Two weeks ago India led the series 1-0, perhaps mostly because England were poor and lacked tactical direction. Since then India have been reclassified as an invertebrate species and England have reacquainted with the spinal column and retaliated with more discipline and application. Leading 2-1 England can’t lose the series now, at worst they’ll draw it if India bounce back, but England should win 3-1 with a resounding victory at The Oval Test, which begins Friday. Will England miss Stuart Broad if he fails to play after breaking his nose? Probably not. Moeen Ali will simply take another 5 for and finish the job Jimmy Anderson is likely to start.

Stuart Broad’s broken nose

Perhaps the most startling result occurred in Sri Lanka. Wow. Is Test Cricket alive or what? Pakistan made 451 in the 1st innings with Younis Khan amassing 177. Bang that’s it. It’s going to be a draw. The Galle wicket will be a road. Sure enough Sri Lanka pump out 533 and you’re thinking, yep, draw. But, here comes Sri Lanka’s spin king Rangana Herath and there goes Pakistan for 180 on the final day. A lead of only 98. 126 balls remain in the Test Match, are they going to go for it? You betcha. They peel off the runs with 5 overs to spare. Seconds after the celebrations begin the rain falls on the Dutch fort and rolls across the ground. Pakistani players were last seen kicking the ground, while locals danced and sang in the rain. One of the great Test victories.

No I haven’t forgotten to mention Kumar Sangakarra… he smashed 221 in Sri Lanka’s 1st innings, his 37th Test Match tonne. He averages 58 from 125 Tests. In fairness Sri Lanka don’t play as many top line Test Matches as Australia, England or South Africa, but he would waltz into any of those nations’ teams and score just as many. A timeless legend.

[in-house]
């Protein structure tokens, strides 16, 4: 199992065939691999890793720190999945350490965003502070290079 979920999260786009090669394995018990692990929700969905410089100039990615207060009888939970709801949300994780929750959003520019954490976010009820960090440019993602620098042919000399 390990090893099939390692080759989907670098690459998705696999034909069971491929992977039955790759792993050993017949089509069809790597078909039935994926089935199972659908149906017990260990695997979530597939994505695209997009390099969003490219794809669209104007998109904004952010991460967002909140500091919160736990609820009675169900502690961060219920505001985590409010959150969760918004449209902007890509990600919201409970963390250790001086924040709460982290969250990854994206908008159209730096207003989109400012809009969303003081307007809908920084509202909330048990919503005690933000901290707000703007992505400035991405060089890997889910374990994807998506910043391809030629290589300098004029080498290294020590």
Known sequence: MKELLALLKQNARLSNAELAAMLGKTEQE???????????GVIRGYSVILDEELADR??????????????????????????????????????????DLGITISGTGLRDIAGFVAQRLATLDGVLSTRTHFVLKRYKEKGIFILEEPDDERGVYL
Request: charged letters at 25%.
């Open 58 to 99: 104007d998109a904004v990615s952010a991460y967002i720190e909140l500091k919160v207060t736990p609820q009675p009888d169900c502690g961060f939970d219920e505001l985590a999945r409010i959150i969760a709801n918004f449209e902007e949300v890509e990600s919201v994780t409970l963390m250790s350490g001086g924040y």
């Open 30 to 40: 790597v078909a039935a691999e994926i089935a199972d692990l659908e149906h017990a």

At the Harare Sports Club Zimbabwe made a competitive 256 against South Africa who are 4/201 in reply. It is great to see Zimbabwe back in Test Match action and so far they are holding their own against a rebuilding, but still very good South African team.

The Ashes are over, but the need to promote cricket has never been stronger

Ashes Finale

The Ashes in England are over. England 3 – Australia 0.

Much has been said of the series, elsewhere and on this blog. The scoreline suggests England were totally dominant and battered Australia, but those of us that followed almost every ebb and flow of the series are acutely aware of a few moments when Australia had the ascendency, and could have won Test Matches.

Australia lost by only 14 runs at Trent Bridge and were annihilated at Lords. They had England on the ropes on the last day at Old Trafford, before rain stole almost a full day’s play. Australia were 1/150+ chasing 290odd at Chester le-Street, but capitulated, all out for 220odd. The final Test at the Oval in London was an unusual finale.

To some degree it was framed by the “dead rubber” context, but with an Ashes Series in Australia soon after, and many of the baggy greens playing for their careers, the outcomes were always going to provide a platform of intense speculation.